FINGER(1) BSD General Commands Manual FINGER(1)NAMEfinger — user information lookup program
SYNOPSISfinger [-46glmpshoT] [user ...] [user@host ...]
The finger utility displays information about the system users.
-4 Forces finger to use IPv4 addresses only.
-6 Forces finger to use IPv6 addresses only.
-s Display the user's login name, real name, terminal name and write
status (as a ``*'' before the terminal name if write permission
is denied), idle time, login time, and either office location and
office phone number, or the remote host. If -o is given, the
office location and office phone number is printed (the default).
If -h is given, the remote host is printed instead.
Idle time is in minutes if it is a single integer, hours and min‐
utes if a ``:'' is present, or days if a ``d'' is present. If it
is an “*”, the login time indicates the time of last login.
Login time is displayed as the day name if less than 6 days, else
month, day; hours and minutes, unless more than six months ago,
in which case the year is displayed rather than the hours and
Unknown devices as well as nonexistent idle and login times are
displayed as single asterisks.
-h When used in conjunction with the -s option, the name of the
remote host is displayed instead of the office location and
-o When used in conjunction with the -s option, the office location
and office phone information is displayed instead of the name of
the remote host.
-g This option restricts the gecos output to only the users' real
name. It also has the side-effect of restricting the output of
the remote host when used in conjunction with the -h option.
-l Produce a multi-line format displaying all of the information
described for the -s option as well as the user's home directory,
home phone number, login shell, mail status, and the contents of
the files .forward, .plan, .project and .pubkey from the user's
If idle time is at least a minute and less than a day, it is pre‐
sented in the form ``hh:mm''. Idle times greater than a day are
presented as ``d day[s]hh:mm''.
Phone numbers specified as eleven digits are printed as ``+N-NNN-
NNN-NNNN''. Numbers specified as ten or seven digits are printed
as the appropriate subset of that string. Numbers specified as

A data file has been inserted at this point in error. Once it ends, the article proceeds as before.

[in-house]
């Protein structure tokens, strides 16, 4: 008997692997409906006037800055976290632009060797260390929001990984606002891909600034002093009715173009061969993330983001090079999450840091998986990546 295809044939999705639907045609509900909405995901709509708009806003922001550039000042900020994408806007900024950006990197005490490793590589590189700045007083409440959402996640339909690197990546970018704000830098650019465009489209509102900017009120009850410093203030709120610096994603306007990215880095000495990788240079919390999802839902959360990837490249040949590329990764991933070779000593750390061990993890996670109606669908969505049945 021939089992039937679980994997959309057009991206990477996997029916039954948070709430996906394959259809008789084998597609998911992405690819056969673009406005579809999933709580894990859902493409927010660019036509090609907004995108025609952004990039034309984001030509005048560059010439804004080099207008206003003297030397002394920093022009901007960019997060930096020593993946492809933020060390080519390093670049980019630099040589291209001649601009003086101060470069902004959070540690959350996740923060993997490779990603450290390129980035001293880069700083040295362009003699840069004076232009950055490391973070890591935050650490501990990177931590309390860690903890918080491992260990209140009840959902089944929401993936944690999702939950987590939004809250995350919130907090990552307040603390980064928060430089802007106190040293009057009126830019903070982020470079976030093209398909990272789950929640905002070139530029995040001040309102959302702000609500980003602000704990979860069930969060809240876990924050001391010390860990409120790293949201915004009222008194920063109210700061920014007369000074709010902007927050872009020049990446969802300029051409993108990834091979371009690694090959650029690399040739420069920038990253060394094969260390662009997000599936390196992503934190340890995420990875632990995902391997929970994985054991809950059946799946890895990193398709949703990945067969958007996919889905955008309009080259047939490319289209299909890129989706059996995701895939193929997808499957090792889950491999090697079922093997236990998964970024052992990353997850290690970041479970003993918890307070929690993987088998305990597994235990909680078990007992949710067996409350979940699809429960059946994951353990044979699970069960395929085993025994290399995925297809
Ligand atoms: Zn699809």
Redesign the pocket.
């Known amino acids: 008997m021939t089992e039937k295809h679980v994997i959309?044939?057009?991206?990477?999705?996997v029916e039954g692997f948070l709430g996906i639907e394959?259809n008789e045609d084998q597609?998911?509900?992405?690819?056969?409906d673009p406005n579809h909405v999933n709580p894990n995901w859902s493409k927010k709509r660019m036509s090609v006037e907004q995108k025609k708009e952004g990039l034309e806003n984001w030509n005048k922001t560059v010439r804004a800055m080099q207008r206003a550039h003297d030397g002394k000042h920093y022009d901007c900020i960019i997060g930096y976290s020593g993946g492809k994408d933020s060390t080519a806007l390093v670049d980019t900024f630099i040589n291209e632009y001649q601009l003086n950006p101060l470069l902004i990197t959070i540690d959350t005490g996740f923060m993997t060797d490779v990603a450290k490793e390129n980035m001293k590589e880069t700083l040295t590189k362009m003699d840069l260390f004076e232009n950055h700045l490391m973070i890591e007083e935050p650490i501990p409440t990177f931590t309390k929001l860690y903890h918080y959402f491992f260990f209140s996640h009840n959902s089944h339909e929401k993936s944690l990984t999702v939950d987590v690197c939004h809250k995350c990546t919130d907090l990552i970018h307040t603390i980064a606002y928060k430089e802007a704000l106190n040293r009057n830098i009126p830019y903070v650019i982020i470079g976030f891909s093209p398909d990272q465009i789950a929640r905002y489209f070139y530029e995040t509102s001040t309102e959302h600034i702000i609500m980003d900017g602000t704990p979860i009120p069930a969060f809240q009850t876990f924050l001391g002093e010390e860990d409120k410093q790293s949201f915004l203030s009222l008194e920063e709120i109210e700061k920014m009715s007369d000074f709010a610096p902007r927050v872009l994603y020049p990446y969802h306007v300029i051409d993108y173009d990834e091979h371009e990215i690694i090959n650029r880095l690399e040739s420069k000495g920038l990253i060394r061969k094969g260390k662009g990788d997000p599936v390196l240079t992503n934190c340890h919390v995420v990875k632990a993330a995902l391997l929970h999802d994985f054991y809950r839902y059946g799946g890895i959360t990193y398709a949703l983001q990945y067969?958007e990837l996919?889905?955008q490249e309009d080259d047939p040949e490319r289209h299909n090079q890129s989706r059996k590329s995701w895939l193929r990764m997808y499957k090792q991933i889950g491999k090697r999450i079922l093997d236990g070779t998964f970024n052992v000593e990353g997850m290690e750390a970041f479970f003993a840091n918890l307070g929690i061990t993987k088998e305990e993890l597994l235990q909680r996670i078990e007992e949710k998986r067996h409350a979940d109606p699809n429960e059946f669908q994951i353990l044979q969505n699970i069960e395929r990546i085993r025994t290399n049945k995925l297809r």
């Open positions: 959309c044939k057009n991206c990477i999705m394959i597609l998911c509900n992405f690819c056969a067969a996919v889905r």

five digits are printed as ``xN-NNNN''. Numbers specified as
four digits are printed as ``xNNNN''.
If write permission is denied to the device, the phrase ``(mes‐
sages off)'' is appended to the line containing the device name.
One entry per user is displayed with the -l option; if a user is
logged on multiple times, terminal information is repeated once
Mail status is shown as ``No Mail.'' if there is no mail at all,
``Mail last read DDD MMM ## HH:MM YYYY (TZ)'' if the person has
looked at their mailbox since new mail arriving, or ``New mail
received ...'', ``Unread since ...'' if they have new mail.
-p Prevent the -l option of finger from displaying the contents of
the .forward, .plan, .project and .pubkey files.
-m Prevent matching of user names. User is usually a login name;
however, matching will also be done on the users' real names,
unless the -m option is supplied. All name matching performed by
finger is case insensitive.
-T Disable the piggybacking of data on the initial connection
request. This option is needed to finger hosts with a broken TCP
If no options are specified, finger defaults to the -l style output if
operands are provided, otherwise to the -s style. Note that some fields
may be missing, in either format, if information is not available for
If no arguments are specified, finger will print an entry for each user
currently logged into the system.
The finger utility may be used to look up users on a remote machine. The
format is to specify a user as “user@host”, or “@host”, where the default
output format for the former is the -l style, and the default output for‐
mat for the latter is the -s style. The -l option is the only option
that may be passed to a remote machine.
If the file .nofinger exists in the user's home directory, finger behaves
as if the user in question does not exist.
The optional finger.conf(5) configuration file can be used to specify
aliases. Since finger is invoked by fingerd(8), aliases will work for
both local and network queries.
The finger utility utilizes the following environment variable, if it
FINGER This variable may be set with favored options to finger.
/etc/finger.conf alias definition data base
/var/log/lastlog last login data base
SEE ALSOchpass(1), w(1), who(1), finger.conf(5), fingerd(8)
D. Zimmerman, The Finger User Information Protocol, RFC 1288, December,
The finger command appeared in 3.0BSD.
The current FINGER protocol RFC requires that the client keep the connec‐
tion fully open until the server closes. This prevents the use of the
optimal three-packet T/TCP exchange. (Servers which depend on this
requirement are bogus but have nonetheless been observed in the Internet
BSD July 22, 2002 BSD